Bradley J. Birzer
"Anyone who has studied the larger history of the West finds it hard to forget that the defining aspect of a “dark age” is the loss of liberal education. T.S. Eliot dated the beginning of our current dark age to roughly 1898.
It would be hard to argue with Eliot’s claim. At the turn of the last century, America began to embrace a public education that emphasized the nation as a whole (soon to be called 100% Americanism) over the world at large and over any subgroup or culture. Grant, perhaps more than any president before him, pushed for nationalism uber alles: in his economic policies, his savage warfare against the Indians, and in his near maniacal dislike of parochial schooling. In Europe, the German model of higher education walked tall, and America adopted the Germanic system rather than the Oxbridge model. As with almost everything, modernity dissected education into subject and professional categories, thus diminishing the whole picture of the human person. In more direct words, much of the western world embraced illiberalism, professionalization, and bureaucratization.
Irving Babbitt, Paul Elmer More, Albert Jay Nock, B.I. Bell, Christopher Dawson, C.S. Lewis, Russell Kirk, and almost every important and great figure of the last century lamented the loss of liberal education. One could legitimately claim that the entire movement of the “right” in interwar America and in much of Europe centered not only on the growth of the state, but also on the decline of liberal education.
These two things, of course, are related. For a nation-state to thrive, it needs at least three components, all in good working order, allowing the political sphere to predict with some certainty the stability of the years to come: a bureaucracy to collect taxes on a regular schedule, a police/military to collect such taxes, and an education system to convince the population that it should support the first two things.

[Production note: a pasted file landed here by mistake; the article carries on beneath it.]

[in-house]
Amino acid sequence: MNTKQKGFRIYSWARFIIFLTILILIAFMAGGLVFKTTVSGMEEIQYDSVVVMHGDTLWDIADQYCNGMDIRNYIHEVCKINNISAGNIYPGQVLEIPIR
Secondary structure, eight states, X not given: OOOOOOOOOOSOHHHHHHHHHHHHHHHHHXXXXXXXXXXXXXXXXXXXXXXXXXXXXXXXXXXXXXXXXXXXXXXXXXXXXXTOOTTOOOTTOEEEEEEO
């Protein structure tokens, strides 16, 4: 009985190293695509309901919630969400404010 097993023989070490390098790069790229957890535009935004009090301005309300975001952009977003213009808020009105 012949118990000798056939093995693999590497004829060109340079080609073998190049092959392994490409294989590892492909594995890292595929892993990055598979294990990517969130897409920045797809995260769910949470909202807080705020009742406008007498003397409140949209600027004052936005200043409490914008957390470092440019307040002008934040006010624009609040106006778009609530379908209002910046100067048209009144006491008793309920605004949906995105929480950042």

For five hundred years, nation-states have done exceedingly well at collecting taxes and waging wars. They have, in relative terms, only very, very slowly learned how to homogenize populations with educational systems.
[B]y almost any measure, it is stunning that the liberal arts have survived in America as long as they have. No nation-state would ever defend liberal education, as liberal education liberates one from the concerns of this world. A liberal education would be the exact thing a nation-state and a nationalist (neocon or liberal) would hate. Liberal education connects us to the past, the present, and the future, and it asks us to join a Country (or, best, a republic of letters) that transcends the ephemeral nation and moment. Those truly liberal love what is always and everywhere true, not what is particularly true. They love love [i.e., God], not power."